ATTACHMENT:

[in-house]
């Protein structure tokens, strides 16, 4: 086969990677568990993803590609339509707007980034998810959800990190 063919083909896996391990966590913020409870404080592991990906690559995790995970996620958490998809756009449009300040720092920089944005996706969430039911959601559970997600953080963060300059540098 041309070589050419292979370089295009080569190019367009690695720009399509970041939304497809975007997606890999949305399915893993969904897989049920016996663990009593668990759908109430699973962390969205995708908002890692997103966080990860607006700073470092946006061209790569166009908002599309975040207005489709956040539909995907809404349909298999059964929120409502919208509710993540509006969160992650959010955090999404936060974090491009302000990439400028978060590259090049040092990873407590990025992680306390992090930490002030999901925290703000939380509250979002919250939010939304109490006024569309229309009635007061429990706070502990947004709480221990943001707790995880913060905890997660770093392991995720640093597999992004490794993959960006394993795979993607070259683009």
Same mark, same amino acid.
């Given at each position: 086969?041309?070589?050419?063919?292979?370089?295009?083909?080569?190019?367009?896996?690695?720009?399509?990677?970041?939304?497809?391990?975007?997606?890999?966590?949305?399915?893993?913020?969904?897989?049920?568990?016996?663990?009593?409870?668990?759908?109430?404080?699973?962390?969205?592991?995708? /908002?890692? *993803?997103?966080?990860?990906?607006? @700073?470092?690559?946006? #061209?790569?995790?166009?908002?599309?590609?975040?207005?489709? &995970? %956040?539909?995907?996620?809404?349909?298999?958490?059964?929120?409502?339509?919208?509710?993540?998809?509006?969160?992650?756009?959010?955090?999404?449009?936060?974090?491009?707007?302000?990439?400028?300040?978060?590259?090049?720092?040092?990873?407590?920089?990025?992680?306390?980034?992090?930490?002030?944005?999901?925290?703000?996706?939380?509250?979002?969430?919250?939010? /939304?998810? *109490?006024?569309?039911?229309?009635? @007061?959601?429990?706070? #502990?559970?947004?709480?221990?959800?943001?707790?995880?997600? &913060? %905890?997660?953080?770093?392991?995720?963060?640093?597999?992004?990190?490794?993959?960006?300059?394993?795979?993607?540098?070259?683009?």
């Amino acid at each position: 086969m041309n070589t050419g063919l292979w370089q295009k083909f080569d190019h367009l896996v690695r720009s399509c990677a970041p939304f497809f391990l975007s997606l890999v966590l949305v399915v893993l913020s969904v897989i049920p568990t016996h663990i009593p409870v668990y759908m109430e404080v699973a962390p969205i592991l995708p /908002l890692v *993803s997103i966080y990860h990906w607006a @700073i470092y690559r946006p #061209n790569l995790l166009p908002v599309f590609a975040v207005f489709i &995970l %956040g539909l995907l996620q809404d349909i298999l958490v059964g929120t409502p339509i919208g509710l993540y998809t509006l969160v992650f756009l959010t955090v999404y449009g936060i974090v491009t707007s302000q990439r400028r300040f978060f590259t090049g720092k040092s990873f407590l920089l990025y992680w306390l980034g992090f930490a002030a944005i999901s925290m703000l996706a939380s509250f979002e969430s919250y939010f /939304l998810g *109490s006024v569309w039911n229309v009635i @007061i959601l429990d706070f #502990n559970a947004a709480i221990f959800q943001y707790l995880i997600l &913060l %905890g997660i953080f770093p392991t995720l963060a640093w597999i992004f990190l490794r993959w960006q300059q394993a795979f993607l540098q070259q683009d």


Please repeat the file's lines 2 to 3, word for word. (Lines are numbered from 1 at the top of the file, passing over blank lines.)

């Protein structure tokens, strides 16, 4: 086969990677568990993803590609339509707007980034998810959800990190 063919083909896996391990966590913020409870404080592991990906690559995790995970996620958490998809756009449009300040720092920089944005996706969430039911959601559970997600953080963060300059540098 041309070589050419292979370089295009080569190019367009690695720009399509970041939304497809975007997606890999949305399915893993969904897989049920016996663990009593668990759908109430699973962390969205995708908002890692997103966080990860607006700073470092946006061209790569166009908002599309975040207005489709956040539909995907809404349909298999059964929120409502919208509710993540509006969160992650959010955090999404936060974090491009302000990439400028978060590259090049040092990873407590990025992680306390992090930490002030999901925290703000939380509250979002919250939010939304109490006024569309229309009635007061429990706070502990947004709480221990943001707790995880913060905890997660770093392991995720640093597999992004490794993959960006394993795979993607070259683009």
Same mark, same amino acid.